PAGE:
BEREA, Ohio -- Braylon Edwards isn't sure he can catch a break, either.
The style-conscious wide receiver, whose drops have defined Cleveland's calamitous season, hopes to repair his rocky relationship with frustrated Browns fans and said he has no intention of asking for a trade, despite his unhappiness or the team's expected upcoming offseason overhaul.
"I don't want to be traded," Edwards said Thursday. "I want to be here in Cleveland. I want to make plays. I want to have fun, and I just want to enjoy it.
"I don't know, maybe I care too much."
Edwards' passion has never been questioned. But some Browns fans have grown tired of his inconsistent play and showboating ways.
Edwards leads the NFL with 16 drops, and this season, the former first-round draft pick has become a target for fan abuse -- he says because he went to Michigan and most Clevelanders root for Ohio State.
Edwards also believes that fans begrudge him because of the team's infamous championship failures. Denver's John Elway broke Cleveland's heart with a 98-yard drive in the 1986 AFC title game, and one year later, Browns running back Earnest Byner fumbled at the goal line in another loss to the Broncos.
The way Edwards sees it, the present-day Browns are haunted by their past.
"I can't apologize for what happened before I got here," he said. "I wasn't a part of 'The Drive.' I didn't fumble at the 1. That wasn't me. I think fans are still disgruntled about that, and they have every right to be because they're fans, but that's not me. I'm Braylon Edwards, and I just want to be Braylon Edwards."
The Browns (4-10) are winding down one of the most disappointing seasons in memory, a severe slide that has been aided by Edwards' crucial drops, including what would have been a long touchdown in a home loss to the Baltimore Ravens that led directly to quarterback Derek Anderson being benched for Brady Quinn.
Edwards has had some positive moments, but his three best games have all come in Cleveland's appearances on Monday Night Football.
"Uhhh, yeah," he said after a pause. "I don't know."
Following Monday's loss in Philadelphia, Edwards said he felt unappreciated by Cleveland fans and that "since Day 1, I've been a marked man coming from Michigan. Even when things are good, there's heckles."
Edwards' postgame comments came across to some as him setting the stage to demand a trade this winter. He swears that's not the case at all.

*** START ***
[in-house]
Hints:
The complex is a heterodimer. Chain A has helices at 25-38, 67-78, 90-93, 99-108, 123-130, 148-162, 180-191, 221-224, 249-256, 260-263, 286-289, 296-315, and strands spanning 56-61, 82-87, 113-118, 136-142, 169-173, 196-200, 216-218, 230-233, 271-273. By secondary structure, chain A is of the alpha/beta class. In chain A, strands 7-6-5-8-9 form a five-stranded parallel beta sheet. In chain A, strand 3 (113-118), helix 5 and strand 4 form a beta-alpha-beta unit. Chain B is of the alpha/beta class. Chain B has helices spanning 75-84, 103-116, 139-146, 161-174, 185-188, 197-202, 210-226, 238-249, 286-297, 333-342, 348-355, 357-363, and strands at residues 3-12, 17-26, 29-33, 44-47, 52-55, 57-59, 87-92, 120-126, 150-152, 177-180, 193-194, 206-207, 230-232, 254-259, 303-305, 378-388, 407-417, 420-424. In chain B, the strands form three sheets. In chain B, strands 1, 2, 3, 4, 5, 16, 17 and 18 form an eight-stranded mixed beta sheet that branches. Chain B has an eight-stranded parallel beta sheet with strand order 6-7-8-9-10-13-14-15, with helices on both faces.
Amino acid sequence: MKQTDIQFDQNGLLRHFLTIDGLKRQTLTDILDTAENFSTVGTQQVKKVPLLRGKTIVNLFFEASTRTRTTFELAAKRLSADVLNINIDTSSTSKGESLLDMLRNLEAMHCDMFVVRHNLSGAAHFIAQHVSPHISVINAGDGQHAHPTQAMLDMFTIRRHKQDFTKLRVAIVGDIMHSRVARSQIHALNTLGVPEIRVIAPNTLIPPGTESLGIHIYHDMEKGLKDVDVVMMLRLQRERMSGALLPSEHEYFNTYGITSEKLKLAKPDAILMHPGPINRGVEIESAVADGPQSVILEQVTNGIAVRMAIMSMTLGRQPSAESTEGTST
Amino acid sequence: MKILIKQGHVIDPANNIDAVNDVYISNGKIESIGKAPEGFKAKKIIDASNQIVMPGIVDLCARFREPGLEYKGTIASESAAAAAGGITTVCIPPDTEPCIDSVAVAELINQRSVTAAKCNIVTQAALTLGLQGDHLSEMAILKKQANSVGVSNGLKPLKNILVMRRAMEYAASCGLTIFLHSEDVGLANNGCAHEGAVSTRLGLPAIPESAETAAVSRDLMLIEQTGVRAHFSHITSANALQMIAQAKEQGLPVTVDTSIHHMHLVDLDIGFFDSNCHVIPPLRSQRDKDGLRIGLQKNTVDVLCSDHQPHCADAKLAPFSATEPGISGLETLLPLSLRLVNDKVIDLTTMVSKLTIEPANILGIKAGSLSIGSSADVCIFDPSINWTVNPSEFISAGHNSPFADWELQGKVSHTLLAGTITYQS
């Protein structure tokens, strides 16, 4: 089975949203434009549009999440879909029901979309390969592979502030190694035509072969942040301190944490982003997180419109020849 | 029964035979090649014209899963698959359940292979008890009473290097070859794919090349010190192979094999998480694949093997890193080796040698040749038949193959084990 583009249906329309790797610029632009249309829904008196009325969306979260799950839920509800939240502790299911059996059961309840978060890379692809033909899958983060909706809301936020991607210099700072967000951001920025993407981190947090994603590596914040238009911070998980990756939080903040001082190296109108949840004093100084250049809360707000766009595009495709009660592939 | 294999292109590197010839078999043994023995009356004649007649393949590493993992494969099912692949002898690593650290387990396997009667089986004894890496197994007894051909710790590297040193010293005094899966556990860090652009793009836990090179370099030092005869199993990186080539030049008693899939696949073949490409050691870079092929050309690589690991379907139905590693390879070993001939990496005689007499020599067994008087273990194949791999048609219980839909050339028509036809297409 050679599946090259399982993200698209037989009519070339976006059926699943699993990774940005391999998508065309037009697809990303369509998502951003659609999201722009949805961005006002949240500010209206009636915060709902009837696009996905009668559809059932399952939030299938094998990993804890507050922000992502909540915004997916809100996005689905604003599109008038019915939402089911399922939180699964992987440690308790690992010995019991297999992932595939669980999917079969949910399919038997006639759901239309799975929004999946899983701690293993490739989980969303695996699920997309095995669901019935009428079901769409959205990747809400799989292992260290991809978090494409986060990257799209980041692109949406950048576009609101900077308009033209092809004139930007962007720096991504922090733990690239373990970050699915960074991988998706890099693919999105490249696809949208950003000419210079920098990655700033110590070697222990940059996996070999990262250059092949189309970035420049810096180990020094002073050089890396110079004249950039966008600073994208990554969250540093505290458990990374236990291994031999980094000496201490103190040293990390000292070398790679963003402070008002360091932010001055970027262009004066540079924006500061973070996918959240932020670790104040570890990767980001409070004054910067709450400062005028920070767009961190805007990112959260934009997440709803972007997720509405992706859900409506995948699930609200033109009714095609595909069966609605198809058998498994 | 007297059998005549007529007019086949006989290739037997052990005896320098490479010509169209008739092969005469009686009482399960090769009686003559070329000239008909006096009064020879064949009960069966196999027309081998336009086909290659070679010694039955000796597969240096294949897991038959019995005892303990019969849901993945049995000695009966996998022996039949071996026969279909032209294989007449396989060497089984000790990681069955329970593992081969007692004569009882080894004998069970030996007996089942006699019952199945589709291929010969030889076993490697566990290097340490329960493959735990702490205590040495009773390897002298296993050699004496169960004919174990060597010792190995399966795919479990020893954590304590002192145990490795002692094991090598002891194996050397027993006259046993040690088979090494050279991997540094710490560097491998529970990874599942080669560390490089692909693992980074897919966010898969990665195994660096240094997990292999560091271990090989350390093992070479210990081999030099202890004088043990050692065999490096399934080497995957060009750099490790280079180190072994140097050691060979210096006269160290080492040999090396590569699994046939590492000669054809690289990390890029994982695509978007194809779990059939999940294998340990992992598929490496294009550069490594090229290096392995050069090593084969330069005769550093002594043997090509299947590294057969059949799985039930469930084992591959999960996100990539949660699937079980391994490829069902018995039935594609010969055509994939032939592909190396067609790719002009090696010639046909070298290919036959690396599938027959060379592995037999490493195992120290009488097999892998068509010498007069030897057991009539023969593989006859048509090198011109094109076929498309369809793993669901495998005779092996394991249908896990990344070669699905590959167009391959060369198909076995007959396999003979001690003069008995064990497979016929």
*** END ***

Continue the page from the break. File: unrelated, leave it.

"Why would I?" he snapped. "I wouldn't ask to be traded."
Edwards revealed Thursday that he and his parents have been harassed in public at restaurants. But he doesn't feel unsafe in Cleveland and hasn't been threatened with physical violence.
As for the anti-Michigan sentiments, Edwards believes it unfairly separates him from his teammates and makes it tougher on him. He's not the first former Wolverine to play in Cleveland as Thom Darden, Steve Everitt and Leroy Hoard -- all Michigan men -- had successful careers with the Browns.
"I'm not making anything up," said Edwards, who's signed through next season. "I'm not reading into anything. I'm telling the truth. The day I got drafted, the first thing you guys said was about my Bentley, and the next comment you made was, 'How do think you're going to fit in with the Browns being that it's O-State country and you're from Michigan?'
"Every time I come up to people, it's O-H-I-O. I'm like, 'I play for the Browns.'"
To his credit, Edwards, who missed three weeks in the preseason after cutting his foot while running after practice in his socks, hasn't used his college choice as an excuse for his statistical slippage. He enters Sunday's game against the Bengals with 50 receptions for 837 yards and three touchdowns this season. Last season, he had 80 catches for 1,289 yards and 16 TDs.
"I never used me being from Michigan as a copout," he said. "All season, I've owned up to my play. I said I'm not playing well, I'm dropping passes I need to be catching. I never blamed it on the quarterback. I never blamed the offensive coordinator. I never blamed it on anything but me not concentrating and focusing."
No Cleveland team has won a major championship since 1964, a drought that has inevitably led to fans being more cynical and critical of pro athletes, especially one as flashy as Edwards.
Edwards knows football fans here expect more, and he's trying to please them.
"There's been a lot of bad things that have happened here," he said. "We can't ever get over that hump in any sport. I understand their frustration, I really do."
"I've gotten used to it," he said. "I've played for, what, three or four offensive coordinators? I've played for six, seven quarterbacks. I've experienced a lot of change and adversity since I've been here. All I can do in the offseason is make sure Braylon Edwards is 100 percent fit, come here in shape and be ready to catch passes and help this team out. That's all I can really do. I can't worry about who is going to be here."
Copyright 2008 by The Associated Press